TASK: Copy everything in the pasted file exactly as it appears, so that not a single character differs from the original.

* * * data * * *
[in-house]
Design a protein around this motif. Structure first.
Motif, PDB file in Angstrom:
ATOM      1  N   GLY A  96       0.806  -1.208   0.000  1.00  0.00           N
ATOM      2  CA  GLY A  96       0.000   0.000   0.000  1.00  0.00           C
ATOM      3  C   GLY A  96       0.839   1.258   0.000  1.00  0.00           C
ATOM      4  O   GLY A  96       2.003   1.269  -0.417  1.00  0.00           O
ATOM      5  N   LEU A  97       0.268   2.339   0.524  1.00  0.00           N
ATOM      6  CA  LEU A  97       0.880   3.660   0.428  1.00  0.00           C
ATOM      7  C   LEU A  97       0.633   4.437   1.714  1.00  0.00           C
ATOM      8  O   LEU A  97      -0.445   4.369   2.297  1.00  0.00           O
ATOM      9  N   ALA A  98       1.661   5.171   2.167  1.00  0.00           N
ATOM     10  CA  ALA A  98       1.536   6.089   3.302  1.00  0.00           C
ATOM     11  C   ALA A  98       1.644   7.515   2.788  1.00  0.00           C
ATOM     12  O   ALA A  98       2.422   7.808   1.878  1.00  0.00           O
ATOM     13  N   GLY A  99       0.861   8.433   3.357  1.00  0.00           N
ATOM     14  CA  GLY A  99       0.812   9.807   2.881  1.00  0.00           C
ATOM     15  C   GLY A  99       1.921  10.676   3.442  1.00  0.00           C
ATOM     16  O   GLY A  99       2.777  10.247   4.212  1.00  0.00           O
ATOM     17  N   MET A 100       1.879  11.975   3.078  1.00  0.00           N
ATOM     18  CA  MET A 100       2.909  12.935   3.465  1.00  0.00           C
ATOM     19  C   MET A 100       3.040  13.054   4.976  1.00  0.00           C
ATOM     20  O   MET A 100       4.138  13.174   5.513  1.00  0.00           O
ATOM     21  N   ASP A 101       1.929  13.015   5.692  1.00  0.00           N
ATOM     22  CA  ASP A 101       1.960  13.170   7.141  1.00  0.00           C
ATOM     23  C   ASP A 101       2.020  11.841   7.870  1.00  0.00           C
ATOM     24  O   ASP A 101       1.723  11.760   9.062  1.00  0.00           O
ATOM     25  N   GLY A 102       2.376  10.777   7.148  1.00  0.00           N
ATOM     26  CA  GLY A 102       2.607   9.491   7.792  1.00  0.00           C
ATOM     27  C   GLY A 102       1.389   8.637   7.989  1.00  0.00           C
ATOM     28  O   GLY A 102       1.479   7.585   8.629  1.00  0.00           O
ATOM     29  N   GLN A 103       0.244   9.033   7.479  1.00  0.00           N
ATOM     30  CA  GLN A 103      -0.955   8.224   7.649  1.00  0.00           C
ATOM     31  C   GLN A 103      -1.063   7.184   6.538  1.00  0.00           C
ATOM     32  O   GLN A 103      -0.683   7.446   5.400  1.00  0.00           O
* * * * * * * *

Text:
[in-house]
Design a protein around this motif. Structure first.
Motif, PDB file in Angstrom:
ATOM      1  N   GLY A  96       0.806  -1.208   0.000  1.00  0.00           N
ATOM      2  CA  GLY A  96       0.000   0.000   0.000  1.00  0.00           C
ATOM      3  C   GLY A  96       0.839   1.258   0.000  1.00  0.00           C
ATOM      4  O   GLY A  96       2.003   1.269  -0.417  1.00  0.00           O
ATOM      5  N   LEU A  97       0.268   2.339   0.524  1.00  0.00           N
ATOM      6  CA  LEU A  97       0.880   3.660   0.428  1.00  0.00           C
ATOM      7  C   LEU A  97       0.633   4.437   1.714  1.00  0.00           C
ATOM      8  O   LEU A  97      -0.445   4.369   2.297  1.00  0.00           O
ATOM      9  N   ALA A  98       1.661   5.171   2.167  1.00  0.00           N
ATOM     10  CA  ALA A  98       1.536   6.089   3.302  1.00  0.00           C
ATOM     11  C   ALA A  98       1.644   7.515   2.788  1.00  0.00           C
ATOM     12  O   ALA A  98       2.422   7.808   1.878  1.00  0.00           O
ATOM     13  N   GLY A  99       0.861   8.433   3.357  1.00  0.00           N
ATOM     14  CA  GLY A  99       0.812   9.807   2.881  1.00  0.00           C
ATOM     15  C   GLY A  99       1.921  10.676   3.442  1.00  0.00           C
ATOM     16  O   GLY A  99       2.777  10.247   4.212  1.00  0.00           O
ATOM     17  N   MET A 100       1.879  11.975   3.078  1.00  0.00           N
ATOM     18  CA  MET A 100       2.909  12.935   3.465  1.00  0.00           C
ATOM     19  C   MET A 100       3.040  13.054   4.976  1.00  0.00           C
ATOM     20  O   MET A 100       4.138  13.174   5.513  1.00  0.00           O
ATOM     21  N   ASP A 101       1.929  13.015   5.692  1.00  0.00           N
ATOM     22  CA  ASP A 101       1.960  13.170   7.141  1.00  0.00           C
ATOM     23  C   ASP A 101       2.020  11.841   7.870  1.00  0.00           C
ATOM     24  O   ASP A 101       1.723  11.760   9.062  1.00  0.00           O
ATOM     25  N   GLY A 102       2.376  10.777   7.148  1.00  0.00           N
ATOM     26  CA  GLY A 102       2.607   9.491   7.792  1.00  0.00           C
ATOM     27  C   GLY A 102       1.389   8.637   7.989  1.00  0.00           C
ATOM     28  O   GLY A 102       1.479   7.585   8.629  1.00  0.00           O
ATOM     29  N   GLN A 103       0.244   9.033   7.479  1.00  0.00           N
ATOM     30  CA  GLN A 103      -0.955   8.224   7.649  1.00  0.00           C
ATOM     31  C   GLN A 103      -1.063   7.184   6.538  1.00  0.00           C
ATOM     32  O   GLN A 103      -0.683   7.446   5.400  1.00  0.00           O